This word evolved from "sax," a single-edge sword of ancient Scandinavia, and came to describe a tool for cutting and punching nail holes in roofing slates. It also refers to the craftsman who uses the tool. It gives the highest possible scrabble score for a three-letter word: 19. Hit a double or triple letter square, and you'll do even better. The bonus: You dump two problematic letters at once.
George Washington had one. So does your printer. "Queue" can refer to either a braid of hair hanging down a person's back, or a line of people, print jobs or anything else. It comes from the Latin word coda, which means tail.
In Scrabble, "queue" earns a minimum score of 14, nothing to sneer at. Even better, it clears your rack of a bunch of awkward vowels. And, of course, you lose the "q," a letter you don't want to be saddled with at the game's end.
The writer Leo Rosten said chutzpah was when a man murders his parents, then throws himself on the mercy of the court as an orphan. The word reaches us from Hebrew through Yiddish. It can mean either extreme self-confidence or shameless impudence.
You'll score at least 27 points with chutzpah anywhere on the board. Fit it into either the upper right or lower right corner going across, and you'll do better -- much better. That puts the "z" on the double letter square, giving you an initial 37. It also lets you hit two triple word squares, which multiplies your score by nine. Add 50 for a bingo. You'll wind up with a phenomenal 383 points and a major boost to your self-confidence.
Xi is the 14th letter of the Greek alphabet, falling between nu and omicron. In English, it's pronounced something like "sigh."
You may let out a sigh of relief when you make this play in Scrabble, because it clears your rack of the "x," which will subtract eight points from your score if you're stuck with it in the final tally. So keep "xi" in mind. It's rare that you can't find a place to squeeze this little word in, dispose of the "x," and pick up nine points in the process.
There's no way to pronounce this word, which describes an alignment of three heavenly bodies, without sounding like you've had too much to drink. But it's a cool and impressive word to keep in mind for Scrabble.
To begin with, you'll score at least 21 points for "syzygy." Of course, you'll need to use a blank, because there are only two "y" tiles in Scrabble. But you can amp up your score if you bring the word into alignment with one of the corners. Hit the double letter square with the "z" and end on a triple word square, and you'll have a total of 93. A great move when you're short of vowels.
This Japanese breed of cattle provides gourmets with Kobe beef, which sells for $100 a pound and up. The lucky beeves are given a ration of beer and a massage every day.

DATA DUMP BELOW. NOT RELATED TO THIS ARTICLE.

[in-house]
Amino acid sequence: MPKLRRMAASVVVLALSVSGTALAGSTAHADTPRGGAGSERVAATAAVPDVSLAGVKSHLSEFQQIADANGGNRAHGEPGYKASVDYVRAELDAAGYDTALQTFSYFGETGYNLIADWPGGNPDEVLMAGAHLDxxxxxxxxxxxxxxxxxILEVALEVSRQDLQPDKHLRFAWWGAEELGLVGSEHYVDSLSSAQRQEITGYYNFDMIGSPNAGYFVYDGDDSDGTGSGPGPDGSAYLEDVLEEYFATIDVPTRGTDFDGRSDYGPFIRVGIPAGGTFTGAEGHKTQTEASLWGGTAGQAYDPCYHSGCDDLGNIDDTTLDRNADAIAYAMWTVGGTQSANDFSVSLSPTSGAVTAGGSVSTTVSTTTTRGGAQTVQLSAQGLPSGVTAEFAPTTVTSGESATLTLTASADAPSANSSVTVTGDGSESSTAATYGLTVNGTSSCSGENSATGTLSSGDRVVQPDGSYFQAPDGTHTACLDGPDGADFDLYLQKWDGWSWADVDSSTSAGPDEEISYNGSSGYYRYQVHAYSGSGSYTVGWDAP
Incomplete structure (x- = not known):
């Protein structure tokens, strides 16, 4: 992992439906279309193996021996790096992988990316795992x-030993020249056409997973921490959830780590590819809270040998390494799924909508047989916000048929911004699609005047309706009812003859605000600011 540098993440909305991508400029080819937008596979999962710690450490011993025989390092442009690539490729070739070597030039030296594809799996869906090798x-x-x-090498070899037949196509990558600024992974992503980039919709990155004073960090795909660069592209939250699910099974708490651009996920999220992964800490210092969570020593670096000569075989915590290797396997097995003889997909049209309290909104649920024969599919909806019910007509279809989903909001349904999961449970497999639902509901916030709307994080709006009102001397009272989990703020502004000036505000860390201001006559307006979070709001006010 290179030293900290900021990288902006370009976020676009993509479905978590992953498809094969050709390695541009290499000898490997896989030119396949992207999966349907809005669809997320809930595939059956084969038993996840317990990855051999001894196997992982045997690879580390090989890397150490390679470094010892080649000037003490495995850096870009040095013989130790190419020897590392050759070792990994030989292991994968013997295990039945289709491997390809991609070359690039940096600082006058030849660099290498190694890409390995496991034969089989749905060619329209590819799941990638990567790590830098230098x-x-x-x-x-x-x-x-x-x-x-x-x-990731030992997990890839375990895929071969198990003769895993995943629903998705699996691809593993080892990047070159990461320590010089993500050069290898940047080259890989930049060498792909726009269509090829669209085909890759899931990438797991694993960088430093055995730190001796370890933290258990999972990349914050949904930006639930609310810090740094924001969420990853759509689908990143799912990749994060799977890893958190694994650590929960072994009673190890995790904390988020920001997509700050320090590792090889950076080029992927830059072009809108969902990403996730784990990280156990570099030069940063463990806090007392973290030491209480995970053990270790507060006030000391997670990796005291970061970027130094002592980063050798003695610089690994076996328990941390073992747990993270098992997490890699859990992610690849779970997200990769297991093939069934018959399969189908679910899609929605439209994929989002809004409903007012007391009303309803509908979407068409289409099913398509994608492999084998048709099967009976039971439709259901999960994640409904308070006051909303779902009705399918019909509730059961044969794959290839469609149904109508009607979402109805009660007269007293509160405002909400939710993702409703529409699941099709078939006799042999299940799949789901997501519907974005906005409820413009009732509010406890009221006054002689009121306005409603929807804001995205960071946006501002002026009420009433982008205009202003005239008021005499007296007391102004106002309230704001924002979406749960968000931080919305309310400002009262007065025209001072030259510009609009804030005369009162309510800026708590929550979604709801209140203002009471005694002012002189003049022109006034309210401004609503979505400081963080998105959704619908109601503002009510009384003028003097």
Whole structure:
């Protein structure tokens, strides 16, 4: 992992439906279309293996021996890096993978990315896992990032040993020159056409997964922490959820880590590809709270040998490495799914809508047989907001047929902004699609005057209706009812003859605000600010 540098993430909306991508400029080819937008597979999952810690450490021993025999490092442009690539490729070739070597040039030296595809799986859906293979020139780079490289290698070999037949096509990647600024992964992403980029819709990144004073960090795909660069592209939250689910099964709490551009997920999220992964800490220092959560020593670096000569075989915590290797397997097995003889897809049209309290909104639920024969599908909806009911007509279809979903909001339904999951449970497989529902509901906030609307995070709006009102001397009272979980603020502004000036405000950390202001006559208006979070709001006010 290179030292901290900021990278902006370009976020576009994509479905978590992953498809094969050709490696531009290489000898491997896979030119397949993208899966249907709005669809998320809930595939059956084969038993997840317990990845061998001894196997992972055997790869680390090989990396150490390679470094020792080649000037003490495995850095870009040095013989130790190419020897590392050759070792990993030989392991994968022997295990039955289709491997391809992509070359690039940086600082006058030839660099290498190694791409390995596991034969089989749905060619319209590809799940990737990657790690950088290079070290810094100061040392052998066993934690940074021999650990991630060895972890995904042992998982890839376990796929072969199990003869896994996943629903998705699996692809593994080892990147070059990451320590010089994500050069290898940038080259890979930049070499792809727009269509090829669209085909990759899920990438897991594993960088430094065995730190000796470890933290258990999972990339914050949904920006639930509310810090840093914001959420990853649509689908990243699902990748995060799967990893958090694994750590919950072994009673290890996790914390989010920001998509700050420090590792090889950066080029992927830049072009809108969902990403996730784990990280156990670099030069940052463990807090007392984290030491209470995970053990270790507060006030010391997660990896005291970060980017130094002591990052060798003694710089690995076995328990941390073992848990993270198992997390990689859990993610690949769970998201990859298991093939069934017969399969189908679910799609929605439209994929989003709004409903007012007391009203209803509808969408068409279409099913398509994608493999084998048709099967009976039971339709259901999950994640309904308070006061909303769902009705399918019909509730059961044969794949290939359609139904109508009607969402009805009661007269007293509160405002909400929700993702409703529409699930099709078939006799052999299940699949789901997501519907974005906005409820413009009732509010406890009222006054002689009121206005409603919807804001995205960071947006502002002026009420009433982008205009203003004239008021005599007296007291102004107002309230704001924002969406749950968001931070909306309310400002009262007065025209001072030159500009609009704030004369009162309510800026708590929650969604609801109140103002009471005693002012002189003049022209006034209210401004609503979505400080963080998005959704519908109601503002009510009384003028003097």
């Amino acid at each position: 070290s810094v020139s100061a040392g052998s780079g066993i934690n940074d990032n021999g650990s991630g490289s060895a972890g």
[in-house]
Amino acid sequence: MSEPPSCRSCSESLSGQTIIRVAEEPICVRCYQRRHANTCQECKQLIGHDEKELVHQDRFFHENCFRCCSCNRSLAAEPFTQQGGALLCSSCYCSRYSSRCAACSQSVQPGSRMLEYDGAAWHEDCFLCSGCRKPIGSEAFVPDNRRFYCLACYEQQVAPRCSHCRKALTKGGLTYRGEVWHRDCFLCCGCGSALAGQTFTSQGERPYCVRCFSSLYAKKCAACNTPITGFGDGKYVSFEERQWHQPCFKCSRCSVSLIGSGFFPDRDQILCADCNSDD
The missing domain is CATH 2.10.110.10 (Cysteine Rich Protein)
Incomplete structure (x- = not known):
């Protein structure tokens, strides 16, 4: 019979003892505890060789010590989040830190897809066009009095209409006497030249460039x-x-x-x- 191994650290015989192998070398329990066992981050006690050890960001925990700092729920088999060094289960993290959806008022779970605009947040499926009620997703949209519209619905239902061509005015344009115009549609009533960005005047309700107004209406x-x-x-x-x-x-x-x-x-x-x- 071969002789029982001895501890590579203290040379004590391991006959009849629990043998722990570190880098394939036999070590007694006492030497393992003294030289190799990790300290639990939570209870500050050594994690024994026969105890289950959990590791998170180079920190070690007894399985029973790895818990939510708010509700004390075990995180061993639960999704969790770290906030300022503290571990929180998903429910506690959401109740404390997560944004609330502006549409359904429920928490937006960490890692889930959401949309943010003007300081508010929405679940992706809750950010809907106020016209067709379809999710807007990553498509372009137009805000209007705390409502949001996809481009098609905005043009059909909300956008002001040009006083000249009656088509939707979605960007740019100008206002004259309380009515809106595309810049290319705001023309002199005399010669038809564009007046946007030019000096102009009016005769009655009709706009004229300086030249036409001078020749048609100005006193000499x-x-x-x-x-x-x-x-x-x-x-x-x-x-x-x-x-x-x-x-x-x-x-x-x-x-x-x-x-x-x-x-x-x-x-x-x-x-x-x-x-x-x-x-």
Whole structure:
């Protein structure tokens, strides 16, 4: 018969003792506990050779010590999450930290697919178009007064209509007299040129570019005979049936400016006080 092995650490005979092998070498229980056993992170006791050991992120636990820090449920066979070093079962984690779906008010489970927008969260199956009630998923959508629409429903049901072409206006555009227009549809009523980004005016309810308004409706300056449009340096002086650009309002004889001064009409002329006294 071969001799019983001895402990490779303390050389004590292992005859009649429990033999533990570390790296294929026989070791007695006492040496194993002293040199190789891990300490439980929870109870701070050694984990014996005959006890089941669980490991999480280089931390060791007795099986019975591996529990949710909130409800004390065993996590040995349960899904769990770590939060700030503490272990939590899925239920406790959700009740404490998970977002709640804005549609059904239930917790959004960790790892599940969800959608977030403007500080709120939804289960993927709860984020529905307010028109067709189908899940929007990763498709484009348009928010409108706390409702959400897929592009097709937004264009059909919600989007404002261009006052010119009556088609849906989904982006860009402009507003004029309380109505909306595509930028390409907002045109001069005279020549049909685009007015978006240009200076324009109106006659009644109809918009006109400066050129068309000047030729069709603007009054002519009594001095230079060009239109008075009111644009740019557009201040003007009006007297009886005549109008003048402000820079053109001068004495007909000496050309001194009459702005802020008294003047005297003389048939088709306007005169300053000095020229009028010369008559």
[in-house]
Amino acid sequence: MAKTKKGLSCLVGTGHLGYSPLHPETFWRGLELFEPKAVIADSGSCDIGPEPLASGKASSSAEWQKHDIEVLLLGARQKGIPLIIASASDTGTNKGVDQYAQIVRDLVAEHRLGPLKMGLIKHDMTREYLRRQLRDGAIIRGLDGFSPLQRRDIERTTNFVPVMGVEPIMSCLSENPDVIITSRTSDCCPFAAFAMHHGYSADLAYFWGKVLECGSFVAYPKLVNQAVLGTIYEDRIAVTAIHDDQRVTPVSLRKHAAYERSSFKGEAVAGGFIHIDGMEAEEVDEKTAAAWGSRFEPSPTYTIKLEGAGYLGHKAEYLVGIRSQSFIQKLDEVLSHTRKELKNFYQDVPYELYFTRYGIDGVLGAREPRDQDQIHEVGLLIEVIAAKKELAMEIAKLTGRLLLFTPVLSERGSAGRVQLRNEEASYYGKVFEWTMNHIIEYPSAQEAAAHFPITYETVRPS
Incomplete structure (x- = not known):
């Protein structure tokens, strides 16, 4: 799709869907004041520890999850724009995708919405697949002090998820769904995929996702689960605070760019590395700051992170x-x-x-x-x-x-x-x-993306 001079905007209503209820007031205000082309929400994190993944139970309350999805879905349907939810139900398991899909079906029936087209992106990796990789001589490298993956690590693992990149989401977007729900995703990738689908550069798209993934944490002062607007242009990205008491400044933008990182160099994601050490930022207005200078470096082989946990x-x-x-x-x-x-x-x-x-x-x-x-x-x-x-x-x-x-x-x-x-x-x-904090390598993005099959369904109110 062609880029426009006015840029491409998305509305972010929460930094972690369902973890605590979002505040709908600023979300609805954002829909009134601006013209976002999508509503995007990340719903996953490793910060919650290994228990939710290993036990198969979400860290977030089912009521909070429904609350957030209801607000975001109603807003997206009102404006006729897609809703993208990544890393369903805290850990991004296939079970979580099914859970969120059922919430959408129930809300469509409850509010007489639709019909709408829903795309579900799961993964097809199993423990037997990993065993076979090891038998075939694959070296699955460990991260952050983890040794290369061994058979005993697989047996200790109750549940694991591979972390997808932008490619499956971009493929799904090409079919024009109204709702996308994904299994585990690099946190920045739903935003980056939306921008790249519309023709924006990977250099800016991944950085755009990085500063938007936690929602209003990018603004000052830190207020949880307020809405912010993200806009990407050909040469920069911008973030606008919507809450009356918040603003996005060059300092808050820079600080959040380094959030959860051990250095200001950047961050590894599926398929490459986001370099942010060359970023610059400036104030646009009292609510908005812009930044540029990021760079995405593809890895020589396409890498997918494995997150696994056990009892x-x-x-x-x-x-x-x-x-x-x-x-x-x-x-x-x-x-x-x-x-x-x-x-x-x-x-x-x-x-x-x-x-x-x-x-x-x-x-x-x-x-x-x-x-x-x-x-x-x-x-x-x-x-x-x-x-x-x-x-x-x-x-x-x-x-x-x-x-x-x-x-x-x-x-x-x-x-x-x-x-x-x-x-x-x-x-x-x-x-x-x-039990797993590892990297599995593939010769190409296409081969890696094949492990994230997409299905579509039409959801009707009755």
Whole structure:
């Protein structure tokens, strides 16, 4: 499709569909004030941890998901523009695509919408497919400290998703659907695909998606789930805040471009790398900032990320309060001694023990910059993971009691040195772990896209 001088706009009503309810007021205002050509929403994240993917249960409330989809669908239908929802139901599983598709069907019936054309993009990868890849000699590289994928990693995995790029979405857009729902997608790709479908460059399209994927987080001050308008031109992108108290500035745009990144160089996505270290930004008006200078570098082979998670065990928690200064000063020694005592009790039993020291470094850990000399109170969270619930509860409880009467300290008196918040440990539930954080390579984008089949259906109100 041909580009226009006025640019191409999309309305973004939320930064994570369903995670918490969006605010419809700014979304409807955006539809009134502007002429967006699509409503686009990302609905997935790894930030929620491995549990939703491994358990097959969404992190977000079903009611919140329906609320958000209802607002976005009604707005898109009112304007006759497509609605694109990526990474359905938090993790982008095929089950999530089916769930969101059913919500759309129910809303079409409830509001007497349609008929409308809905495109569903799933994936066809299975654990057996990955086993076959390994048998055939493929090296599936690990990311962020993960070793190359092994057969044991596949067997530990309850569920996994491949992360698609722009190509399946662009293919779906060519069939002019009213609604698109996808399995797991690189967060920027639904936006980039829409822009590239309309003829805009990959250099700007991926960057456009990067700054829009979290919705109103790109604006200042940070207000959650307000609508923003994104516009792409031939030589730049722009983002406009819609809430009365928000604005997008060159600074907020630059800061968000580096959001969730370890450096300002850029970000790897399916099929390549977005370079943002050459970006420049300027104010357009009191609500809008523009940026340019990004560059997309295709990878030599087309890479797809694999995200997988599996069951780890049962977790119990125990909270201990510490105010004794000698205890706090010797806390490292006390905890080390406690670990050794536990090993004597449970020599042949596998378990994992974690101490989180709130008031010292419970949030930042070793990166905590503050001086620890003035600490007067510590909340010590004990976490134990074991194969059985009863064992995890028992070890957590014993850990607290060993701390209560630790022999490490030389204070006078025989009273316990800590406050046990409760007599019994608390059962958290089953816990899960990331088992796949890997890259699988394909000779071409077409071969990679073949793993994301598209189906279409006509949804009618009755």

In 2011, "wagyu" was added to the Scrabble word list for play outside the U.S. and Canada. That fact points out a great divide in the Scrabble world. In North America, the Scrabble brand is controlled by Hasbro, which rules on the words that are permissible in tournaments. In the rest of the world, Scrabble is marketed and overseen by Mattel. Different official word lists apply. For casual games, players can choose an ordinary dictionary as the last word in what words can be used.
With the combination AYWUG on your rack, you might be left scratching your head. But remember "wagyu," and you'll score at least 12 points initially, with a chance for more with double letter squares -- if you live outside North America.
"Yo, my man!" This exclamation is used to get somebody's attention. Sounds contemporary, but surprisingly, "yo" goes back to the Late Middle English of 1400. Soldiers in World War II used it to mean "present" in a roll call. Sylvester Stallone, in the Rocky movies, used it a lot, too. "Yo, Adrian!"
In Scrabble, it's a clever way to dump a pesky "y." It may only score you five points, but that can make a difference in a tight game.
It's a high-octane word for Scrabble as well. For an opening bingo, put the "z" on the double letter square and you'll brew up a score of 120. It can be terrific way to score points when you're short on vowels.
Bezique was Winston Churchill's favorite card game. It's a high-scoring, trick-taking and melding contest that employs a deck of 64 cards. Its more popular offspring is Pinochle.
In Scrabble, the word "Bezique" can be a winner. You'll score a minimum of 27 points when you play it anywhere on the board. But use it as an opening bingo with the "q" on a double letter square and you'll score 124, one of the highest possible openings.
In America, this is another word for pancake. Cowboys washed them down with bad coffee for breakfast. But in Britain, a flapjack is a chewy sweet made from oats.
You might overlook flapjack as a mundane word, but it can be a high Scrabble scorer. Hit a double letter square with the "j" and you'll score 34. Stretch it between two triple word squares and you'll end up with a sweet 356.
A qanat is a tunnel used in arid regions for irrigation. It was invented in Iran, then called Persia, about 2,500 years ago and is still used today. It taps into underground water and uses the slope of the land to bring that water to where it's needed without pumping.
A rack containing these letters can be maddening. Two "a's" and no "u" to go with the "q." But don't despair. Qanat clears most of your letters and rids you of "q," scoring you at least 14 points in the process.
Solidified lava comes in two forms. Aa is rough like cinders. Pahoehoe, formed from hotter lava, is smooth. Both words are Hawaiian.
The game is winding down. This could be your last play. You can fit the word in almost anywhere there's another "a." It's only worth two points, but if they allow you to edge out your opponent, you'll be bragging about those two points for a while.
Get comfy and let's test your knowledge of weird castles, crazy large numbers and embargoed snack foods.
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- Fatsis, Stefan. "How a Massachusetts carpenter got the highest Scrabble score ever." Slate.com, October 26, 2006. (Feb. 9, 2012) http://www.slate.com/articles/technology/gaming/2006/10/830.single.html
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- NPR.org. "Present at the Creation." August 19, 2002. (Feb. 9, 2012) http://www.npr.org/programs/morning/features/patc/scrabble/
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- The Telegraph. "Scrabble: 60 facts for its 60th birthday." telegraph.co.uk. December 15, 2008. (Feb. 9, 2012) http://www.telegraph.co.uk/news/newstopics/howaboutthat/3776732/Scrabble-60-facts-for-its-60th-birthday.html